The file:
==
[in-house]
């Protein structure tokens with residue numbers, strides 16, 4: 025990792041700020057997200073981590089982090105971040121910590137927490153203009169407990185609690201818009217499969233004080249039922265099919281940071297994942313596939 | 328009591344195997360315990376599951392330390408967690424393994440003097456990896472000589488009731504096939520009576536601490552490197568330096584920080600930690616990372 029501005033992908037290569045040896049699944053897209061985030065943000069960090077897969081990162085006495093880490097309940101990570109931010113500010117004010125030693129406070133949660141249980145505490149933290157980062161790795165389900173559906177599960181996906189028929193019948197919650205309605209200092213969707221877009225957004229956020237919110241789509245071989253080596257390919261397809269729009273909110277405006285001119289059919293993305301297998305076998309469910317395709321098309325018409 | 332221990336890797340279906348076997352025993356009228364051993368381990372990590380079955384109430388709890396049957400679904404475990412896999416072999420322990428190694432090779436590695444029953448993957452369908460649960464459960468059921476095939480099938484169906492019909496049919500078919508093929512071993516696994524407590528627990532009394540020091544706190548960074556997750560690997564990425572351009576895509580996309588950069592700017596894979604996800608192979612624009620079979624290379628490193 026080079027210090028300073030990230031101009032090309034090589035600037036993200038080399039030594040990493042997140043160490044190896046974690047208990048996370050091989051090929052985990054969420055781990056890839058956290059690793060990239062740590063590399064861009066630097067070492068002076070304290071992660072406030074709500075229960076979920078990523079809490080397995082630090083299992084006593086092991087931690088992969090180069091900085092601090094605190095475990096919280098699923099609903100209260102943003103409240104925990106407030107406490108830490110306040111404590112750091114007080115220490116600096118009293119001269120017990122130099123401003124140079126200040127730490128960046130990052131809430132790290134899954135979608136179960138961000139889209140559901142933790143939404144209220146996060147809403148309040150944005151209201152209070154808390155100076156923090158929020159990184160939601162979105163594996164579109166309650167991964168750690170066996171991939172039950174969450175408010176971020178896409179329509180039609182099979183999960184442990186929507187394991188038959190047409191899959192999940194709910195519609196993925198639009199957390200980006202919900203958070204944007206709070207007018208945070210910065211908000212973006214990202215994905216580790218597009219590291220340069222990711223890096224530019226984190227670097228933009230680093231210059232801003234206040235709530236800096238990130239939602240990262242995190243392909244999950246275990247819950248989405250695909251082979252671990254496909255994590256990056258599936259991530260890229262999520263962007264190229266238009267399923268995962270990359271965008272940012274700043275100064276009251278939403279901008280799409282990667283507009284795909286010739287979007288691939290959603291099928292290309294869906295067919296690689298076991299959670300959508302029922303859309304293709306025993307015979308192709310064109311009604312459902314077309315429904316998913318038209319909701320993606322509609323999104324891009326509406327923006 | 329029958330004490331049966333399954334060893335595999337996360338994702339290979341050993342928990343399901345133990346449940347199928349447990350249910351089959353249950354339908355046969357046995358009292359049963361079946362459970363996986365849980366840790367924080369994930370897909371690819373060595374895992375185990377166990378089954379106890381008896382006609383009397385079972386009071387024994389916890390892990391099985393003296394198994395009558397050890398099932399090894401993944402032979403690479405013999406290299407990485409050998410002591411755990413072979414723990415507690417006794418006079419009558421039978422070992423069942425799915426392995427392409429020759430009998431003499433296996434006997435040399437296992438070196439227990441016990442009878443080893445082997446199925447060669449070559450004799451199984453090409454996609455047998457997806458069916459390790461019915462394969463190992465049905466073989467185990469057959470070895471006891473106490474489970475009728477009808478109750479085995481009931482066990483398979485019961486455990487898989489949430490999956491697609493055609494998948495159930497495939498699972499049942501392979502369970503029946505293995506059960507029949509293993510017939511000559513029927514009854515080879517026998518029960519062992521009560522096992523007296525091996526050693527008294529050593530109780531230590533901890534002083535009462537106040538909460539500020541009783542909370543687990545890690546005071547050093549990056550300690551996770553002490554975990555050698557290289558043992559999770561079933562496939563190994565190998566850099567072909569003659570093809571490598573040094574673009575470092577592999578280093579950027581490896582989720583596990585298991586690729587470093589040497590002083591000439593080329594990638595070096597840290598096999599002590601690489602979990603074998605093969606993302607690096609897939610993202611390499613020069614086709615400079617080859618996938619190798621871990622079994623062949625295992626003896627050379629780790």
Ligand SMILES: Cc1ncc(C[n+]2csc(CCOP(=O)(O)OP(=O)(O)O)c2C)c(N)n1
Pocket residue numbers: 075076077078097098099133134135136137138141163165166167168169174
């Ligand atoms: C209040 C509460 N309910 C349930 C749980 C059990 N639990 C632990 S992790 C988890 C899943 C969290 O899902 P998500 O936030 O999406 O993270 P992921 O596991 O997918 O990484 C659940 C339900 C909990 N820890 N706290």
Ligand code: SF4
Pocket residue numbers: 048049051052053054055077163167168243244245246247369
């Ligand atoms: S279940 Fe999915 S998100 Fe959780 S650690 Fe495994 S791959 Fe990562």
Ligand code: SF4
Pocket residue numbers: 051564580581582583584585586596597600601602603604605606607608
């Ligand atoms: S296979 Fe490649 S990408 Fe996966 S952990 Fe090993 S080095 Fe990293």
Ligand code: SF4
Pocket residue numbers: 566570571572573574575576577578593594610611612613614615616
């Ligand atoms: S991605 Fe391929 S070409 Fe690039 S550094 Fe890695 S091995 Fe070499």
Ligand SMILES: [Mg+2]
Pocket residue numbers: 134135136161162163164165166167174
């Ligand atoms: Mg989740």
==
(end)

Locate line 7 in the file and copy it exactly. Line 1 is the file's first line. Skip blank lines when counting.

Pocket residue numbers: 048049051052053054055077163167168243244245246247369